Luke is writing about the true “savior of the world,” one from the line of the great King David.  He looks to Bethlehem, the city of David, and not to Rome, the city of Caesar

The birth is announced to shepherds in the field, and not to the powerful in rich palaces.  The scandal of the virgin birth is not so much that Mary was a virgin

The scandal was that Jesus–a poor kid from a backwater town–was born of a virgin.

The word savior  appears only three times in the synoptics–Luke 1, Luke 2, and John 4.  It was a politically-charged term since, after all, Caesar Augustus was known as “the savior of the world.”  He had brought peace to the world, the pax Augusta and in gratitude people celebrated his birthday and remembered the gift of peace received in and through him.  Jesus’ peace is not the same as the peace brought about by Caesar Augustus. It has more in common with the quality of life envisioned in the Hebrew word, shalom, (be whole, be complete). In Luke’s scriptures this word meant not merely the end of hostilities, but rather the well-being that comes from God

Luke’s announcement of Jesus as “savior” is a way of saying, “Jesus is Lord, and Caesar is not.”  Moreover, this “savior” comes from the house of David.  He is not only “lord,” but “messiah.”

The theological significance, however,  is clear: the Messiah’s birth in a lowly manger brings peace throughout the earth. This is a direct challenge to the Augustan propaganda, praising the peace Augustus had brought to the Roman Empire, which was found throughout Roman literature (see Virgil’s Aeneid and Fourth Ecologue) and art (for example, the Augustus Primaporta and Ara Pacis Augustae, to say nothing of the Forum of Augustus), and was no doubt familiar to Luke’s authorial audience.

Throughout his gospel Luke tells the story of the work that helped earn for Jesus the title “Savior.”

– In a world where Samaritans were despised he showed Jesus telling stories in gratitude to God. In a society which treated women as second class citizens he showed Jesus welcoming them into his fellowship, along with the Twelve, and taking them with him on his travels through the cities and villages of Galilee.

– In a religious community that excluded sinners, he showed Jesus eating and drinking with them, telling stories accenting God’s care for them, and extending his hospitality and best wishes to them.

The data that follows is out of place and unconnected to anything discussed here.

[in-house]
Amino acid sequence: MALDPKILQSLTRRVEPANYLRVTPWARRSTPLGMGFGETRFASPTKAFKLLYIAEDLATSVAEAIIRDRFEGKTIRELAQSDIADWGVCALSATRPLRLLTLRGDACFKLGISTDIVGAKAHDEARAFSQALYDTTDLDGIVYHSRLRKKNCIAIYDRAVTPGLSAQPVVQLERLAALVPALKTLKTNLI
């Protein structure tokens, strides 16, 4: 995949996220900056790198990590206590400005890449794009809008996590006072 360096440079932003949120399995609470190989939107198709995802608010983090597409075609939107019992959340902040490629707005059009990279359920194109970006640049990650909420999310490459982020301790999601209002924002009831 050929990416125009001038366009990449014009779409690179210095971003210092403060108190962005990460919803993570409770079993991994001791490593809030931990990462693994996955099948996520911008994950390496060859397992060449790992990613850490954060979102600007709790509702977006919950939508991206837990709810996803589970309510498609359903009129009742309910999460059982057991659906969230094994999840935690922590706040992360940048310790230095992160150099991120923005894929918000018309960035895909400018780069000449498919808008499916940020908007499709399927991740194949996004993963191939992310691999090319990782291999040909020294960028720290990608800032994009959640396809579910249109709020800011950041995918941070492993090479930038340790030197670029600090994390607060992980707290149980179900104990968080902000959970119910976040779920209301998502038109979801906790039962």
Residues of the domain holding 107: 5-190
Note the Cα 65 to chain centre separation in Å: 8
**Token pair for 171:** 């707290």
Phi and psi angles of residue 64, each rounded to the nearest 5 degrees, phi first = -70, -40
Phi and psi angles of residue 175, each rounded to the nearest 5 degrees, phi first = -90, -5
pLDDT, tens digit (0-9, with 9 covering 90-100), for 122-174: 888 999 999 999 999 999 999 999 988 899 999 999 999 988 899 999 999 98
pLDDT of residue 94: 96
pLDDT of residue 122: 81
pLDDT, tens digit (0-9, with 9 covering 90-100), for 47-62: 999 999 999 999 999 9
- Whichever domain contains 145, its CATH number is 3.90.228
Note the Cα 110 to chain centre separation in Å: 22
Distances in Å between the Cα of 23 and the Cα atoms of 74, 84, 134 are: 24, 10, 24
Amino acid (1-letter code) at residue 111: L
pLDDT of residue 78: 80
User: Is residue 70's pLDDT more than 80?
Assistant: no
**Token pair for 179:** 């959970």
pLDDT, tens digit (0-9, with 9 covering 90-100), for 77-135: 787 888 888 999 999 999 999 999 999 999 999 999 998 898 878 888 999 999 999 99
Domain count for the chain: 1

The Jesus of Luke’s gospel was one who broke through the barriers of nationalism, sexism, and religious chauvinism, who awakened repentance, set people free, who opened communities and brought in peace. Indeed, as Luke stated, he was One who had come “to seek and to save the lost” (Luke19:10).

And the event at Bethlehem was the birth of this Christ; the birth of God’s agent for bringing a new form of salvation, a non-political, non-national salvation, to humankind. This was the good news of great joy, not only for Luke’s shepherds, but for his readers, past and present.

Another key concept is “joy,” or “rejoicing.” Commonly throughout the New Testament (and without exception in Luke’s Christmas story) joy is not so much a response to a happening that is significant in and of itself as it is an anticipatory reaction to a promise that shows signs of moving toward fulfillment. Joy is an eschatological reaching out occasioned by anything that brings the ultimate promise into ken. Similarly, Luke consistently uses “evangel” (gospel, good news) not as the proclamation of something that has taken place but as promise of something about to take place; the tense of the good news is future.

Through all this Luke tells us something very important about Christmas. The Yuletide activity appropriate for us  is not primarily that we “to the sessions of sweet silent thought … summon up remembrance of things past.” That remembrance is to be summoned not for itself but only that we may join the characters of Luke’s story in anticipatory joy of the ultimate promise, the fulfillment of which is yet to come and at the moment is still in process of coming.

Luke and the people of his story celebrated the coming of Jesus Christ because it was a promise of the future of Jesus Christ. And for us too the proper stance toward Christmas is not to look back toward Bethlehem but, with them, to look through the stable into the Kingdom of God.

To hear the angel’s message we must place ourselves in the shepherd’s situation. Will we be close enough, humble enough, and attuned enough to hear the infant cry of Jesus in the alleys of our town this Christmas? Where would be the “most unpretentious place” for the real Jesus to enter my city?

Here is the Great News of Christmas. In this birth account of Christ, the Messengers of God declared that through the birth of Christ, God and humanity would be united again. The other facet of this announcement is whom it was intended to reach. The angels declared; “Peace among men with whom He is pleased.” The term pleased  means “in whom God takes delight.”

We are now the ones sent to tell the world the good news:

So what is the Christmas message?

“Invite as many as you can to the wedding feast. The King has given us this great invitation in order to restore peace with all his people.”


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